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Brits will be banned from travelling to EU countries in 2021 when the Brexit transition period ends, according to reports.
The UK will exit the European Union on January 1, meaning UK residents will no longer be able to travel freely in the continent under the bloc's Covid-19 safety rules.
Budget airlines like easyJet have reported a surge in bookings after news of a coronavirus vaccine broke, but many of those trips will now be in jeopardy.
Travellers from a limited number of countries with low coronavirus rates are allowed to move around for non-essential travel, with eight non-EU countries including Australia, New Zealand and Singapore on the list of "safe" nations.
The EU Commission has declared there will be no exemption for the UK, according to the FinancialTimes.
Brits will only be allowed to travel to EU countries if the rules are relaxed or individual states ignore current Covid-19 rules governing the bloc.
According to the European Centre for Disease Prevention and Control, 18 EU countries have higher rates of coronavirus than Britain.
Individual member states have been reluctant to override the EU recommendation to forbid the entry of travellers from countries not on the approved safe list.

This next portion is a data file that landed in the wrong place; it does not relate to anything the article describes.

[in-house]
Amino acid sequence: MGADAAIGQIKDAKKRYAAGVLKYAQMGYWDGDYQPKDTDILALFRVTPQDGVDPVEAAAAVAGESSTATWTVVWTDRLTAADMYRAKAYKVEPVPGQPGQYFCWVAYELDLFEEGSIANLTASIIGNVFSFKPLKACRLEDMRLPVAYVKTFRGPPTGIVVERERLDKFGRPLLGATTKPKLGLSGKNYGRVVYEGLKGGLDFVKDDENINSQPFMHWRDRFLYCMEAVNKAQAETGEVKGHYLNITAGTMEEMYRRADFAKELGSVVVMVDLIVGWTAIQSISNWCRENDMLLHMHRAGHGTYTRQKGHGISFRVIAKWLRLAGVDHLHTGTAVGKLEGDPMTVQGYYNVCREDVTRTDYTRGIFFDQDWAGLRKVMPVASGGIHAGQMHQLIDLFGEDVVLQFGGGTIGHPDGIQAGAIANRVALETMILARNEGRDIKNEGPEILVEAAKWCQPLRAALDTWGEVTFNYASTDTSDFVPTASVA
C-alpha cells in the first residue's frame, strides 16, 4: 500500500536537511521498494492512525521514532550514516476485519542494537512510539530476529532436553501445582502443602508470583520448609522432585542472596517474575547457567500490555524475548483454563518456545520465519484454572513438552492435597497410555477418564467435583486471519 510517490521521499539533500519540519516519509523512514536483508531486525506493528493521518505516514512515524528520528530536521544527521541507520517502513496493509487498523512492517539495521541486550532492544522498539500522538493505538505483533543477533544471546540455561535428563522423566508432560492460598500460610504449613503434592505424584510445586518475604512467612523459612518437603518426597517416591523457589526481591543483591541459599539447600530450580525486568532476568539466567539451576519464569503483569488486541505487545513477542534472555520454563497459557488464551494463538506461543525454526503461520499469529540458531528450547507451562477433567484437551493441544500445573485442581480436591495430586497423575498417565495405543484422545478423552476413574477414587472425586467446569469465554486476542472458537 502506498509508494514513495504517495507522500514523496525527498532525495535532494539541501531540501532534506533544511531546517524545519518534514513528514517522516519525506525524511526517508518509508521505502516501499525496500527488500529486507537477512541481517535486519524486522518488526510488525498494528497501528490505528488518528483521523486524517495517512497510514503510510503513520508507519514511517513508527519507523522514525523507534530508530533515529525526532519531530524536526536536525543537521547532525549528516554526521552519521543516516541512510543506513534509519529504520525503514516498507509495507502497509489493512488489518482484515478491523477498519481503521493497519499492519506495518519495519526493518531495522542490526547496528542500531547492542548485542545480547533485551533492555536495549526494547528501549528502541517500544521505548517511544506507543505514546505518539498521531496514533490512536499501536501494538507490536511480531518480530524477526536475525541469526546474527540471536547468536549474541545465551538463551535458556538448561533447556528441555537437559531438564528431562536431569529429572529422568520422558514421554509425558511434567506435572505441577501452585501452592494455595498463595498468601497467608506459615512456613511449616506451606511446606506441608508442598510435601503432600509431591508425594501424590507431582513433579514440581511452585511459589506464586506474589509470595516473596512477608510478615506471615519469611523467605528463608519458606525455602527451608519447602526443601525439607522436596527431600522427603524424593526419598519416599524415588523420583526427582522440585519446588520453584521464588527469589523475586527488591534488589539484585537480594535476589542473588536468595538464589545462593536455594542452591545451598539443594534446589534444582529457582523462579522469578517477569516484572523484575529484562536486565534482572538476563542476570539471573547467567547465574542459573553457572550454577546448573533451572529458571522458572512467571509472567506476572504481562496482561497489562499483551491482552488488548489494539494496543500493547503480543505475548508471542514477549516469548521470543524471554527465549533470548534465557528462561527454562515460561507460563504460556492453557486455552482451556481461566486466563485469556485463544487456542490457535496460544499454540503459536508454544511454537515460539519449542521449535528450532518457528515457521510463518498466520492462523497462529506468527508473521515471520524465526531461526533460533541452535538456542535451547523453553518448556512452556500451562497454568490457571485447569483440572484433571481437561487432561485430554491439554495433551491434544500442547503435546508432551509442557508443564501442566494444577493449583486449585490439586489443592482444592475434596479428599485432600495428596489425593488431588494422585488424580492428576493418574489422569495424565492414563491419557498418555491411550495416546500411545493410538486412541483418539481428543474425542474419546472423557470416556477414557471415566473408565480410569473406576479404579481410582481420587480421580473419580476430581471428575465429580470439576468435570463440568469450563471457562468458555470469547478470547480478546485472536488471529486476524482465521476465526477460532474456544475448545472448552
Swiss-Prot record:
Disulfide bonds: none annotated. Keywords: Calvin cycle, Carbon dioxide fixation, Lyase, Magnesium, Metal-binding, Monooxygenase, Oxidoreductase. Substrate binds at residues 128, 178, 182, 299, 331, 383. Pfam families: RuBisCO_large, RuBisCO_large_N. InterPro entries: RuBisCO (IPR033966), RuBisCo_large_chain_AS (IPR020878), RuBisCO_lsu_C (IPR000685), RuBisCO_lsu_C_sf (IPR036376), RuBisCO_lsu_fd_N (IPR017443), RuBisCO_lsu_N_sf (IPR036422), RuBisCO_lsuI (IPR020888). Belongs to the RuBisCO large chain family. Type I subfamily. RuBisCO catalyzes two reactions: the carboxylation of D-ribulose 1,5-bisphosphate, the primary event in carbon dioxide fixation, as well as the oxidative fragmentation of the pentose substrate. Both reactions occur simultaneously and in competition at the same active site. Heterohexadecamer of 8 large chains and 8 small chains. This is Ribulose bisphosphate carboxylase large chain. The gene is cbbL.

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For Britain to be added it would need to satisfy criteria set out by the EU.
Norway, which is not in the EU but closely associated through the European Economic Area, has already stated it will not allow Britons who do not live there to enter from January 1.
A government spokesperson said: "We cannot comment on decisions that could be taken by other states on public health matters.
"We take a scientific, risk-based approach to health measures at the border, and it is of course in the interests of all countries to allow safe international travel as we emerge from the pandemic."
There are a number of exemptions which individuals could meet to allow them to travel. They apply to diplomats, people travelling for urgent family reasons and some "highly qualified workers".
- Travel Advice
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